Psychosocial perspectives on learning, teaching and emotion is an innovative advanced text book that aims to go beyond current understandings of the relationship between teaching and learning, foregrounding unconscious and emotional dimensions of schooling. The author traces the roots of key ideas in educational psychology and critically looks at the ways in which they have shaped how we have come to think about 'learners' and what happens in classrooms. Putting forward a psychosocial perspective to challenge the notion of the rational, aware, independent learner, using real-life case studies from educational institutions, the home and the street, this book highlights the ways in which unconscious emotions, in constant interplay with social, structural and institutional forces, have the power to enhance, enable, block, distort and interfere with learning and teaching. Through this psychosocial framework the book will cast valuable light on some of the most pressing issues that all those involved in education persistently face, in particular resistance to learning and failure to learn.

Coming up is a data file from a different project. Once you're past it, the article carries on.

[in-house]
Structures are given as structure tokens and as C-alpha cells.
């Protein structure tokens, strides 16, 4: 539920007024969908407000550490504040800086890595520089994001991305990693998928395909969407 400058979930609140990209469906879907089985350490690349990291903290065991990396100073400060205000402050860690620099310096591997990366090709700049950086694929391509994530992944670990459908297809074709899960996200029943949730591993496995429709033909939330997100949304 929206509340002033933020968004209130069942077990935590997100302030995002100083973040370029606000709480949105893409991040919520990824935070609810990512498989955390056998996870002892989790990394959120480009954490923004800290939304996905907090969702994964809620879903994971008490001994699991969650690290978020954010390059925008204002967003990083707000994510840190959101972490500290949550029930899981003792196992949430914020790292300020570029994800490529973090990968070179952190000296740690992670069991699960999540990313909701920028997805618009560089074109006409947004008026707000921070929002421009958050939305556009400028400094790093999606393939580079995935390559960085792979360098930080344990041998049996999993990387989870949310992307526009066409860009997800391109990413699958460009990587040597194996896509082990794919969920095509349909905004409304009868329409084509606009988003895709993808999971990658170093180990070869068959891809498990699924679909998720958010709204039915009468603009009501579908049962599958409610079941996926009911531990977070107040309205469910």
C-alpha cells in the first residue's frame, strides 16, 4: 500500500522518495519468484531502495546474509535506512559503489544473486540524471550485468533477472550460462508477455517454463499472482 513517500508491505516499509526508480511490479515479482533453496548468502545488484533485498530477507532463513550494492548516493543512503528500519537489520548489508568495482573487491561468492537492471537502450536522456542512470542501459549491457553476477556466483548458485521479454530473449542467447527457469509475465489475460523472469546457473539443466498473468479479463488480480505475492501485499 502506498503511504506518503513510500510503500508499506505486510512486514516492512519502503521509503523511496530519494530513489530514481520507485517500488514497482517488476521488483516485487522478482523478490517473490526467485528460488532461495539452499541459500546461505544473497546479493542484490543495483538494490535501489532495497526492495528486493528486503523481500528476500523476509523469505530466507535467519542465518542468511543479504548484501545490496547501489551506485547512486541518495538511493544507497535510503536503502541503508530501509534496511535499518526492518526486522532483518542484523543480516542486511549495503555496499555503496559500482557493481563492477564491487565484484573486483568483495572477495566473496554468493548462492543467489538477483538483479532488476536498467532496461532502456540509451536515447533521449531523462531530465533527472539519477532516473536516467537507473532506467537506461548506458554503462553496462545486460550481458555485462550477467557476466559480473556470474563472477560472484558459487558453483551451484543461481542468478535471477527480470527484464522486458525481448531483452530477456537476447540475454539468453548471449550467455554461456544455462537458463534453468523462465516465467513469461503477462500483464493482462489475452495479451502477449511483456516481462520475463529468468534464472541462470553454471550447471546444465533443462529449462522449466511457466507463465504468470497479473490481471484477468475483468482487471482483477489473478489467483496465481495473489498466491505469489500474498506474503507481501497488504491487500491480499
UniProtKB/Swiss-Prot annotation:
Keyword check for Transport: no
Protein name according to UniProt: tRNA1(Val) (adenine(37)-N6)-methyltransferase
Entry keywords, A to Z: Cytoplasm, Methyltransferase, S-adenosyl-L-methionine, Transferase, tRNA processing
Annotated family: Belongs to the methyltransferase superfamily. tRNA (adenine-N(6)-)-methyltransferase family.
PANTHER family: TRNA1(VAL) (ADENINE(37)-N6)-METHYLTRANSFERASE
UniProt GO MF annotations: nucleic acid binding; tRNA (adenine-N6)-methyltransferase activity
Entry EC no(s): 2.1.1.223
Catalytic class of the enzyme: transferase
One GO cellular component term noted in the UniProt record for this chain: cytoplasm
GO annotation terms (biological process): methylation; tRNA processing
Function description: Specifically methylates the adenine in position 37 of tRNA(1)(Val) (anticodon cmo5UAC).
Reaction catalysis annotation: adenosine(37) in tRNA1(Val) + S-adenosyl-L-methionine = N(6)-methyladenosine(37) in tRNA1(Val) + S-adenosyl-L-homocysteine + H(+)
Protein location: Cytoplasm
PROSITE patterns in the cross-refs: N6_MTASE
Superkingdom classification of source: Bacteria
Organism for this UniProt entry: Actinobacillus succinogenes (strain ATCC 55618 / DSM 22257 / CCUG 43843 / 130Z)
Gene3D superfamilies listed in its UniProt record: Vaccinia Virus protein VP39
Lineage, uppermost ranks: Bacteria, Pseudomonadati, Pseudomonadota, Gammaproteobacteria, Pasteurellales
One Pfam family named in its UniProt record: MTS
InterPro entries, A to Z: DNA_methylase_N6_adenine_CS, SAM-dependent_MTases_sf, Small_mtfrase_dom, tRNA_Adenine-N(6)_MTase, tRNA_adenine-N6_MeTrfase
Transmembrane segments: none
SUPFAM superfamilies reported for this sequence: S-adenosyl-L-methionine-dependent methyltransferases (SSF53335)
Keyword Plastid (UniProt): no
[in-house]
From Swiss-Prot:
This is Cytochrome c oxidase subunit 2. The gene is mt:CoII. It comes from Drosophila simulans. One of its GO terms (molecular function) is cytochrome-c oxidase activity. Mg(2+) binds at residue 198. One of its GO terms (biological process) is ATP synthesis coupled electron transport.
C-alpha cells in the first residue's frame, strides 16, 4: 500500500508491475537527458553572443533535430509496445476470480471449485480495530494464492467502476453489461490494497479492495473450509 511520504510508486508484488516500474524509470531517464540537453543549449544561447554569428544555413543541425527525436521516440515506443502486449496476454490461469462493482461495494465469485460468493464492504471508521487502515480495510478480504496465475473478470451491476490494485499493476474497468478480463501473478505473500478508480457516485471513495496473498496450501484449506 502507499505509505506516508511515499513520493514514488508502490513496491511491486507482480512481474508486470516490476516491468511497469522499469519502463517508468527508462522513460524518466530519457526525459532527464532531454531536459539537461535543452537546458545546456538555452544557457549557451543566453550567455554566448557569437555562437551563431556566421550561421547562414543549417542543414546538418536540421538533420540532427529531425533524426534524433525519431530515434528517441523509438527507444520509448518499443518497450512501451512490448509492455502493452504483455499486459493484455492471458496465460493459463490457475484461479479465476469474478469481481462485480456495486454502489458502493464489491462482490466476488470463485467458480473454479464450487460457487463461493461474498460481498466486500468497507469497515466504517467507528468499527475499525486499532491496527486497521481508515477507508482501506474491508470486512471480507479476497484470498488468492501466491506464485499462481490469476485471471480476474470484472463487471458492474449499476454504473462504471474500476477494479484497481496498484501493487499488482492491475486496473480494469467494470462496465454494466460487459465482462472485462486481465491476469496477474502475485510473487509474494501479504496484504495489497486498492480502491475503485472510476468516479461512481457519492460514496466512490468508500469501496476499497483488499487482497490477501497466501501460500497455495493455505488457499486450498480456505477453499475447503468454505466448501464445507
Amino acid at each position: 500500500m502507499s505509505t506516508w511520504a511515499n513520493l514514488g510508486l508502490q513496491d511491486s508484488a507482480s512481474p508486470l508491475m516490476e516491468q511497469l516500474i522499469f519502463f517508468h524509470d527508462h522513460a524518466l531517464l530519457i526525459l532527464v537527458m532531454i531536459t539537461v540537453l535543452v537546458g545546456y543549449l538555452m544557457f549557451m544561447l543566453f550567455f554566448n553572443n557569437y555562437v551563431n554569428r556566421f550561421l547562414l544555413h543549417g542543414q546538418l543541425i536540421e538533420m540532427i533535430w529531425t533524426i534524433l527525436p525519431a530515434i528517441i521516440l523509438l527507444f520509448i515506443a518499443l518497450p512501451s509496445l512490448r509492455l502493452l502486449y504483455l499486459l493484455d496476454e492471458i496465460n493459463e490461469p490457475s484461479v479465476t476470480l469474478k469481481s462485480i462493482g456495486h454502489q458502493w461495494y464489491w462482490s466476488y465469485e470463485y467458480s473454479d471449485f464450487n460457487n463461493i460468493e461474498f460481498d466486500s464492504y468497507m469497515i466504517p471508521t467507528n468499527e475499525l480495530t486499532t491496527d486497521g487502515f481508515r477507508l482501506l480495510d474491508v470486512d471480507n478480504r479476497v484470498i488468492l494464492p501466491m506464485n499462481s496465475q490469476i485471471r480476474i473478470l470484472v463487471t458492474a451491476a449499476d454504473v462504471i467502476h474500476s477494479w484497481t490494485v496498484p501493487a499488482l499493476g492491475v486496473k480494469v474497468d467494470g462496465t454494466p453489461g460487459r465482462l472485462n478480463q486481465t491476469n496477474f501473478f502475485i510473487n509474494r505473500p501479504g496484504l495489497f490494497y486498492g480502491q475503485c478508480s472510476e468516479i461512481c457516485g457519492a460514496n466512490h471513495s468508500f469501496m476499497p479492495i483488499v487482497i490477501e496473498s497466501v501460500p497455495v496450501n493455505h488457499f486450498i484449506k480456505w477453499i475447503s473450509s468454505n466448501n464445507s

This book will: Introduce the reader to a psychosocial perspective on learning and teaching Critically evaluate traditional perspectives in the psychology of education Provide case-studies from empirical research to explore issues and experiences of learning and teaching which are rarely discussed despite their centrality to educational practice Encourage readers to reflect on their own experiences of learning and teaching in the light of a psychosocial perspective Supporting the development of skills in critical evaluation, argument and self reflection, this text is essential reading for all educational psychology and education studies students at undergraduate and postgraduate level, and researchers interested in the complex psychosocial influences on the relationships between teaching and learning.